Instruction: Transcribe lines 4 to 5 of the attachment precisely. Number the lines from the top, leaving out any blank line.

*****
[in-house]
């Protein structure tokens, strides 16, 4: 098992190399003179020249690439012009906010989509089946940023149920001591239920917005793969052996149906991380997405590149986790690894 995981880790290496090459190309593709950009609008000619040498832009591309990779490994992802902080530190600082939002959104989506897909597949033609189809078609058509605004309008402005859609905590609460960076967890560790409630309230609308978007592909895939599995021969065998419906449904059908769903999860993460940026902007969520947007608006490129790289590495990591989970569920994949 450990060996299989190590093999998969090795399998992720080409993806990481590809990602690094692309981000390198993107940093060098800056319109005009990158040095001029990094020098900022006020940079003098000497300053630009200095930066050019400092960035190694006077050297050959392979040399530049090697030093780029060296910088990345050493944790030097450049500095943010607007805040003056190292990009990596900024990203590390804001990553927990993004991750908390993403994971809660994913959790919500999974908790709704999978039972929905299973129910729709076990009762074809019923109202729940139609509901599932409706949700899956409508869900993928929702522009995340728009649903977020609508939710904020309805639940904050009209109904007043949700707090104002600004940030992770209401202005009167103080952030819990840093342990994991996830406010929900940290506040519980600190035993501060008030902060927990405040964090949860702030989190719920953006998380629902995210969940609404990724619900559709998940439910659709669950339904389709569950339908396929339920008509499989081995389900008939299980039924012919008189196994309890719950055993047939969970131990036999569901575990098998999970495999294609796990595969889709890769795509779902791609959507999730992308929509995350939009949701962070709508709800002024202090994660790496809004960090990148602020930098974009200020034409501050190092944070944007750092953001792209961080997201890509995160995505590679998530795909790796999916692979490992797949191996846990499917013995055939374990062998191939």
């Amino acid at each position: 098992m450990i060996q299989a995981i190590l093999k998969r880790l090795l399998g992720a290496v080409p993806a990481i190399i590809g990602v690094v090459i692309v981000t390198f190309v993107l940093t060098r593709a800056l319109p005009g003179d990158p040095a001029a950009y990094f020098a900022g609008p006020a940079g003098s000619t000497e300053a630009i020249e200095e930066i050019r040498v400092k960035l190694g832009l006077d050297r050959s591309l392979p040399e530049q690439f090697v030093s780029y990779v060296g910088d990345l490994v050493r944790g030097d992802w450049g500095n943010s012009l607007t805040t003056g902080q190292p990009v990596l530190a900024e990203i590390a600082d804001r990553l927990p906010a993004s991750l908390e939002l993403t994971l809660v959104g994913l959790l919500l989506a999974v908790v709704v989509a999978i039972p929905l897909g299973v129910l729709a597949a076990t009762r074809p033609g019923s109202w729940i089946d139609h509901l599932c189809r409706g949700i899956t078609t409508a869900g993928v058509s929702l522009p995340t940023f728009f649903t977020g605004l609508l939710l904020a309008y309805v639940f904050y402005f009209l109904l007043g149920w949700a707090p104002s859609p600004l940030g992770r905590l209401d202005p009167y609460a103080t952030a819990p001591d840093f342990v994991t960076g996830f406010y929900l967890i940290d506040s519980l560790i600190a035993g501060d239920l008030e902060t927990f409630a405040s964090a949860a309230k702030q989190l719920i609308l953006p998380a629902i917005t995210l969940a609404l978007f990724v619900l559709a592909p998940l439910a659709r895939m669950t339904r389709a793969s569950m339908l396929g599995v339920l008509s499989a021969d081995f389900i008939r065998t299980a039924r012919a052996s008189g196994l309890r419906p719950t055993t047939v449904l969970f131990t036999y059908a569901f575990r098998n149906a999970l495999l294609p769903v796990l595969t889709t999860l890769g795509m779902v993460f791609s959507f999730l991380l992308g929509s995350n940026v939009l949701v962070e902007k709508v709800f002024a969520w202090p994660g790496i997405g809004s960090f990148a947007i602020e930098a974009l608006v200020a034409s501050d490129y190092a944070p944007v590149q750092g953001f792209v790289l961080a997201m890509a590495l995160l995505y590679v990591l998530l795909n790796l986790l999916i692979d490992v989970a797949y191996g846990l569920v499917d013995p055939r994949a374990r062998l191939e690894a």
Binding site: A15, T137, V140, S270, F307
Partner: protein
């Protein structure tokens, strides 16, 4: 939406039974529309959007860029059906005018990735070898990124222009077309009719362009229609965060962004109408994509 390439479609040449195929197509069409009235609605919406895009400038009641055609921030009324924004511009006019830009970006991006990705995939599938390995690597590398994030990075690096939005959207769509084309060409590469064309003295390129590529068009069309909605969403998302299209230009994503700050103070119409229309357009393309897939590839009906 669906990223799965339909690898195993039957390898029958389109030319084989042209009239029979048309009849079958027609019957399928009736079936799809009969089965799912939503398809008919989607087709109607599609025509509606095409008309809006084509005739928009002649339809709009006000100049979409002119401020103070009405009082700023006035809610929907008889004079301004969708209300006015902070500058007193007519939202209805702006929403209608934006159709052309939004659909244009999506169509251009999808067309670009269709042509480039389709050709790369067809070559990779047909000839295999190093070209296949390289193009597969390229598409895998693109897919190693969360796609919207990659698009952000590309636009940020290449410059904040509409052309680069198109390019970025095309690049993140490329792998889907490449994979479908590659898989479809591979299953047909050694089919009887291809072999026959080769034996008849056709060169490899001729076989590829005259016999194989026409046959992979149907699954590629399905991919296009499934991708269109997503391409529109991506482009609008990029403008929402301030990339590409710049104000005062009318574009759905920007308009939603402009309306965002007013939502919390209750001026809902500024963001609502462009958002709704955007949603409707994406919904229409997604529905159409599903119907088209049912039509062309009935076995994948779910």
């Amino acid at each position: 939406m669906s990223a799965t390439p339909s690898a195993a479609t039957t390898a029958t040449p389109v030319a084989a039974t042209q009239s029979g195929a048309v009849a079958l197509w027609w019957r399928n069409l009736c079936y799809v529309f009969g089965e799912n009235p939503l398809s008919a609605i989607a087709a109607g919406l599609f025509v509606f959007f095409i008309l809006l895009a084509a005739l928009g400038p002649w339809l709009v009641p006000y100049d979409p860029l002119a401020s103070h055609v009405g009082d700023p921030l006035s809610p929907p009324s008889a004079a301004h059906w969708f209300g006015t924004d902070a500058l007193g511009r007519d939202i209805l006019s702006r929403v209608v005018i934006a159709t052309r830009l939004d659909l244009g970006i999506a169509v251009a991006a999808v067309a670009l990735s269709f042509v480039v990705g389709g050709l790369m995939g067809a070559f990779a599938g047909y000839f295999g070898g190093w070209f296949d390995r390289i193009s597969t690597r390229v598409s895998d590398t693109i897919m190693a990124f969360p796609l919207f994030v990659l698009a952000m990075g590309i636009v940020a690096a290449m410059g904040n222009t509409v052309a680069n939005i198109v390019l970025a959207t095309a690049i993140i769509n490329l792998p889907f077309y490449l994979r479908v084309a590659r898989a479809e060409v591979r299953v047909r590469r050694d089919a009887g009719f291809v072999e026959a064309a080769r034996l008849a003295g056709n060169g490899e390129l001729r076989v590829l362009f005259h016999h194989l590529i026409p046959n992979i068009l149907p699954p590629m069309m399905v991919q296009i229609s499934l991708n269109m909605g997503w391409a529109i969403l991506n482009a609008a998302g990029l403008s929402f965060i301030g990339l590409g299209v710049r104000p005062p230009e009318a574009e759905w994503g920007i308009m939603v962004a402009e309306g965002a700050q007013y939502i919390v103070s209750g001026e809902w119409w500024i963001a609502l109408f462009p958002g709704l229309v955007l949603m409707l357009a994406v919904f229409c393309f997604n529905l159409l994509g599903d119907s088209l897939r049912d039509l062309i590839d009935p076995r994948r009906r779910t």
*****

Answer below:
Binding site: A15, T137, V140, S270, F307
Partner: protein